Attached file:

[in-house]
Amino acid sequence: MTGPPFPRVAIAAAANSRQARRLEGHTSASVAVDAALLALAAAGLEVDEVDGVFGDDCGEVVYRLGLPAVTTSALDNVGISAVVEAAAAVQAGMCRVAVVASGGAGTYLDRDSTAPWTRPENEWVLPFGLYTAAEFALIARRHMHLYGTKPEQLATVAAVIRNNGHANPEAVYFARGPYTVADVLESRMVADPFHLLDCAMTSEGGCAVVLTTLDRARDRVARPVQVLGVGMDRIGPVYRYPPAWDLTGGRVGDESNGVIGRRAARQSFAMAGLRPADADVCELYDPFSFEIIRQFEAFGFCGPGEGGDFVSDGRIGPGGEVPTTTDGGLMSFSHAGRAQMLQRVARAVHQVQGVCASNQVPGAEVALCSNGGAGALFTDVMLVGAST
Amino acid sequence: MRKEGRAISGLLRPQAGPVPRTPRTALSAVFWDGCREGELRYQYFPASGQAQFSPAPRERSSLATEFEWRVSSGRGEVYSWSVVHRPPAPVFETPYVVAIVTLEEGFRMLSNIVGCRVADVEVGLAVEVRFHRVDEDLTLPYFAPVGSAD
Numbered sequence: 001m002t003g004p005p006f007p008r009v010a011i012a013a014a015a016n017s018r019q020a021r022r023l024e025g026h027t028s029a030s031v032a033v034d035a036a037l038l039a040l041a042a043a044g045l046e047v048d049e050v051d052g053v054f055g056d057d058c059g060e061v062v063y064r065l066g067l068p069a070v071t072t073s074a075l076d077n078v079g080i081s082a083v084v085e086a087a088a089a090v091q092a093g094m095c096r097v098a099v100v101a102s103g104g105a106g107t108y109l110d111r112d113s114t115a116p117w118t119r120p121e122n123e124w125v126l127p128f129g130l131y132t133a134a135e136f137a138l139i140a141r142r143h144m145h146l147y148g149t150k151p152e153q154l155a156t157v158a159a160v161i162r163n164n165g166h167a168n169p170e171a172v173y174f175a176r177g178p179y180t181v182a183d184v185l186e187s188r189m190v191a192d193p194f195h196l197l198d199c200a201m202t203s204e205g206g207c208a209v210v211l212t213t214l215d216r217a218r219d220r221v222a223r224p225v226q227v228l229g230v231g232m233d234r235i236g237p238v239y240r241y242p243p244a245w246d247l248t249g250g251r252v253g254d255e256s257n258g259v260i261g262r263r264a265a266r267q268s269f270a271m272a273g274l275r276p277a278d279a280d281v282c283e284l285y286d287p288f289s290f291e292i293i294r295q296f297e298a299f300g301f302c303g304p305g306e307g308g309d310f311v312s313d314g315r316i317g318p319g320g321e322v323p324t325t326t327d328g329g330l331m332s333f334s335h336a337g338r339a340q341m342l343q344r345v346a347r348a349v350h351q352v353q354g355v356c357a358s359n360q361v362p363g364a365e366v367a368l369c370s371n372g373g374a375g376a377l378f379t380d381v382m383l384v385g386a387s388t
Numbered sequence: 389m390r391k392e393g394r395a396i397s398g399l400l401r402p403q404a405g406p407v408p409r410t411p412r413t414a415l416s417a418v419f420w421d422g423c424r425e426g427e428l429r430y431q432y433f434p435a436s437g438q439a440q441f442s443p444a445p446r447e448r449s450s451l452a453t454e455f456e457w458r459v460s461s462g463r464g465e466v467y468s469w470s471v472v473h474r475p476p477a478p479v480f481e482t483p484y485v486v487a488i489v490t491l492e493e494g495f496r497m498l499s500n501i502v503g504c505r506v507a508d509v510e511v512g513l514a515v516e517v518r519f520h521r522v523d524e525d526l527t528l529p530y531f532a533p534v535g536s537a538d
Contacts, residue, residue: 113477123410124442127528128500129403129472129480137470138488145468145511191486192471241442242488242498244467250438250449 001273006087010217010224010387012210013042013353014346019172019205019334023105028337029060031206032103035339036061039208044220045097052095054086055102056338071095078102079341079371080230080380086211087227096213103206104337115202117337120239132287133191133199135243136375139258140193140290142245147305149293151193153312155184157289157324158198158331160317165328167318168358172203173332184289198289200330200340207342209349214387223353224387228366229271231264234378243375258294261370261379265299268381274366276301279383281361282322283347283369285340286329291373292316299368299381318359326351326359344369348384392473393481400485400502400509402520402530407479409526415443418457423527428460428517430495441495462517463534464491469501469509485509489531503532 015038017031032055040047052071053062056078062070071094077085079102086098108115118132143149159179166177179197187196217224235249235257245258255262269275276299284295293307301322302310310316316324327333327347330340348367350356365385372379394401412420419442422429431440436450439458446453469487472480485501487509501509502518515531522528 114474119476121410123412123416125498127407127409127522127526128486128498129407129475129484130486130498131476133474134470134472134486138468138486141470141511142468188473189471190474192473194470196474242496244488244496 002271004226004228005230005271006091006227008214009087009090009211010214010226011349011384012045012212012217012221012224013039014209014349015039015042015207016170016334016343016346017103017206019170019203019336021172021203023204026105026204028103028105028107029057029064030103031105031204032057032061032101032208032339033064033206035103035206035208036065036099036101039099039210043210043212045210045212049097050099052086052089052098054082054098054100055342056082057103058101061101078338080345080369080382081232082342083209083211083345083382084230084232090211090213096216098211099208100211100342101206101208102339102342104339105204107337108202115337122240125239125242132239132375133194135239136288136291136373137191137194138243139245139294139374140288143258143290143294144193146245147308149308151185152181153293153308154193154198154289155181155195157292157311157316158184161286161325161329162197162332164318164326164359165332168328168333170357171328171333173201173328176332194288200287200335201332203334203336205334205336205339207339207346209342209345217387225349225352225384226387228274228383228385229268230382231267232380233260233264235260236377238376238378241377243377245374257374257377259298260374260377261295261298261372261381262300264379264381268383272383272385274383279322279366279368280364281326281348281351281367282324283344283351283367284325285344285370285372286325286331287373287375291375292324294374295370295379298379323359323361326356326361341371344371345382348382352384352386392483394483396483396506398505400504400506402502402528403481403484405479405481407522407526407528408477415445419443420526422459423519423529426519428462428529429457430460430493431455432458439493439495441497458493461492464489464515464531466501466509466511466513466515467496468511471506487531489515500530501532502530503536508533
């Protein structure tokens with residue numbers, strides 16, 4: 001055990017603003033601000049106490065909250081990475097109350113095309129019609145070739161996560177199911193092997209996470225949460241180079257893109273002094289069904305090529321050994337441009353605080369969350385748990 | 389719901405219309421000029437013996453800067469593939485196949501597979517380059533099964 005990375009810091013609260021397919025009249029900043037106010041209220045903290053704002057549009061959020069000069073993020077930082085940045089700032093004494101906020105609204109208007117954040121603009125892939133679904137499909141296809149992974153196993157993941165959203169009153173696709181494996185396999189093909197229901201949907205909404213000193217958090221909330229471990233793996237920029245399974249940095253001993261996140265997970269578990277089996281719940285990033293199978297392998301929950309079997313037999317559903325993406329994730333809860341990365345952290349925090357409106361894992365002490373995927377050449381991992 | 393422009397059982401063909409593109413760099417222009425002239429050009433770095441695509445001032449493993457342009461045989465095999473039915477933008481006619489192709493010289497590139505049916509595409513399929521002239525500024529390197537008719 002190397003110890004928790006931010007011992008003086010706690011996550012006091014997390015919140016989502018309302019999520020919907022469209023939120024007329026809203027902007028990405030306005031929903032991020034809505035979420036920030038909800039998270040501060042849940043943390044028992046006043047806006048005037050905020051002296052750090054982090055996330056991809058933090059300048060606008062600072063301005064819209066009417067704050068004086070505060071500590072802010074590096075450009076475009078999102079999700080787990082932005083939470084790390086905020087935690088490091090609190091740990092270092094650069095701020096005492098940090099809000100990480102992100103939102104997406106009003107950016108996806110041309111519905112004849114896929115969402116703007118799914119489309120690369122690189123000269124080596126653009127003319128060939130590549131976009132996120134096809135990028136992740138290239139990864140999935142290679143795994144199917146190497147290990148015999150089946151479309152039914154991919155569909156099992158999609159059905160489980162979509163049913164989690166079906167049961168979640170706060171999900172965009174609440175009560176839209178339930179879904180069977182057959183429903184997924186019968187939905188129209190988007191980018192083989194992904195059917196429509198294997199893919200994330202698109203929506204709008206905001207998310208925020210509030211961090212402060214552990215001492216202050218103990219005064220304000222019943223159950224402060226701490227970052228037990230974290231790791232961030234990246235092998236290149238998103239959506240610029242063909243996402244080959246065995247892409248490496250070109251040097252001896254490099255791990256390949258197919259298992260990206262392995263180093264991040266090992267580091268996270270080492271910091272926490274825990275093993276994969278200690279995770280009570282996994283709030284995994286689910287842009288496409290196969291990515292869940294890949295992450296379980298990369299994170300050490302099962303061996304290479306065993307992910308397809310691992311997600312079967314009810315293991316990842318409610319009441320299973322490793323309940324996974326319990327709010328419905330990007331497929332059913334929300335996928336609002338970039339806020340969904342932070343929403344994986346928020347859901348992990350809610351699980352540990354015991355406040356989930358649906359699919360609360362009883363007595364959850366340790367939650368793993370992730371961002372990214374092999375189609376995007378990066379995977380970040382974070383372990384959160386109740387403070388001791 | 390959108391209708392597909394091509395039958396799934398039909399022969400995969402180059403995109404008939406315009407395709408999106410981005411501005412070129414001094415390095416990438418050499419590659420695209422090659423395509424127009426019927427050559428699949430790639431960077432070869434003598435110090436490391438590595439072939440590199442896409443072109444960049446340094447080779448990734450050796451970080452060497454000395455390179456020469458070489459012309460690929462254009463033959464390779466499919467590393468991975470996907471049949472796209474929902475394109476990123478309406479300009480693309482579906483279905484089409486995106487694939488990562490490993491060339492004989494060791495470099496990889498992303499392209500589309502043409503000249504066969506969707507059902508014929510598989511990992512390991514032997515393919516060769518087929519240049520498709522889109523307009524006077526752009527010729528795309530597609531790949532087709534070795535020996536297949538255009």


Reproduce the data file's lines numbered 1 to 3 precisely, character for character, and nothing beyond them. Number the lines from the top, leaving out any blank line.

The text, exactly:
[in-house]
Amino acid sequence: MTGPPFPRVAIAAAANSRQARRLEGHTSASVAVDAALLALAAAGLEVDEVDGVFGDDCGEVVYRLGLPAVTTSALDNVGISAVVEAAAAVQAGMCRVAVVASGGAGTYLDRDSTAPWTRPENEWVLPFGLYTAAEFALIARRHMHLYGTKPEQLATVAAVIRNNGHANPEAVYFARGPYTVADVLESRMVADPFHLLDCAMTSEGGCAVVLTTLDRARDRVARPVQVLGVGMDRIGPVYRYPPAWDLTGGRVGDESNGVIGRRAARQSFAMAGLRPADADVCELYDPFSFEIIRQFEAFGFCGPGEGGDFVSDGRIGPGGEVPTTTDGGLMSFSHAGRAQMLQRVARAVHQVQGVCASNQVPGAEVALCSNGGAGALFTDVMLVGAST
Amino acid sequence: MRKEGRAISGLLRPQAGPVPRTPRTALSAVFWDGCREGELRYQYFPASGQAQFSPAPRERSSLATEFEWRVSSGRGEVYSWSVVHRPPAPVFETPYVVAIVTLEEGFRMLSNIVGCRVADVEVGLAVEVRFHRVDEDLTLPYFAPVGSAD